When I say we, I mean the lady I mentioned, married with two kids, one already in uni, the ex-nurse I’ll call Rose as that is the translation of her name from Croatian, one guy that was neglected as a child and seemed as if his intelligence was below average, but that was hardly the case, he had wit, he could draw, but he lived in extreme poverty making some cash by drawing tattoos. And there was I.

We spent too much time shopping, and at some point, we realised we won’t get back on time by bus—no way with all that stuff. Back then taxi was cheap in Zagreb, so I suggested getting a ride. The neglected guy was excited about it as he has never been in a cab. So we made a call and got our ride in five minutes.

I sat in the front. “Where to?” the driver asked. I told the name of the hospital and also asked to take us straight to the pavilion as we were in a hurry. I felt he was uncomfortable. Still, with all these stuff at our hands, we seemed more as if we were visiting someone in the madhouse. I believe that thought made him relax for a second. But then our first time in the taxi guy kicked in. He told him we bought gifts for the Bingo in the madhouse and that only our pavillion has such activities. He also told him not to worry because we have exit permissions from the ward, and we can show it to him. Yup. The lady, roughly my age with two kids, saw his expression in the mirror and said Rose is a nurse. Rose was almost sixty, but she enjoyed the confusion. The driver asked: “So you are accompanying them?” Rose said: “I am a nurse but I am also mad.”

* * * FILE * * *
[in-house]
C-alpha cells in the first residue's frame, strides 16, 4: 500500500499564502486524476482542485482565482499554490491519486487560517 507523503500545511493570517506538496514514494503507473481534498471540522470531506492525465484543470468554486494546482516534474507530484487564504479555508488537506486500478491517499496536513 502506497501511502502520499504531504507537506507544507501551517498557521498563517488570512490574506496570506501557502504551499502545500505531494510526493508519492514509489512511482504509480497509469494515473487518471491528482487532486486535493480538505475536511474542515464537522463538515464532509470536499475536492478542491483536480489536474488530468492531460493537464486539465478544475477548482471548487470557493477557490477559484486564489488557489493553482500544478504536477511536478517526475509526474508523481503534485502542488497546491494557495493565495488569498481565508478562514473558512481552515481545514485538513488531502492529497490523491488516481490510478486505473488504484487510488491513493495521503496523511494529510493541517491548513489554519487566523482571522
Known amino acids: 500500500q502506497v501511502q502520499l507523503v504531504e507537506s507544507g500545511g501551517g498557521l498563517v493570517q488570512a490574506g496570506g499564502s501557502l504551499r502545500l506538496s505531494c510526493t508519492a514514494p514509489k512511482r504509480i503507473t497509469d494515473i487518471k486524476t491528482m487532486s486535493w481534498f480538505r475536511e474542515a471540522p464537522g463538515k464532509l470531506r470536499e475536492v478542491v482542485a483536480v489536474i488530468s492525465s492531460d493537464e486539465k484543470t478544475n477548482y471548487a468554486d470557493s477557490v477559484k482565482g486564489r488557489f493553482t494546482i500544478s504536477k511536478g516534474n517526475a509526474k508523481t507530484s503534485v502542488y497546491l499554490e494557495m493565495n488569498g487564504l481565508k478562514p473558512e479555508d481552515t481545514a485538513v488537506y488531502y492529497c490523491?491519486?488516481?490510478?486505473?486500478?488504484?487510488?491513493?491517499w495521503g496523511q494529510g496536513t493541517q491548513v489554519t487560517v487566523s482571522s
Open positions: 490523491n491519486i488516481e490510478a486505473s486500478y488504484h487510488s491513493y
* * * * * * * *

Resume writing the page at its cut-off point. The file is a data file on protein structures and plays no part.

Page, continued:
From that moment on he just shut up. Complete silence. When we got to the door of the pavillion he couldn’t wait till we exit the car. He wanted to drive away without money. I barely made him take my cash.

So there you go, stigma in a nutshell. Don’t crack jokes about being mad, it scares people.

Thirty.

30. Thirty. The big 3-0. I want to mark this time. (peep that pic of me celebrating graduation in late May)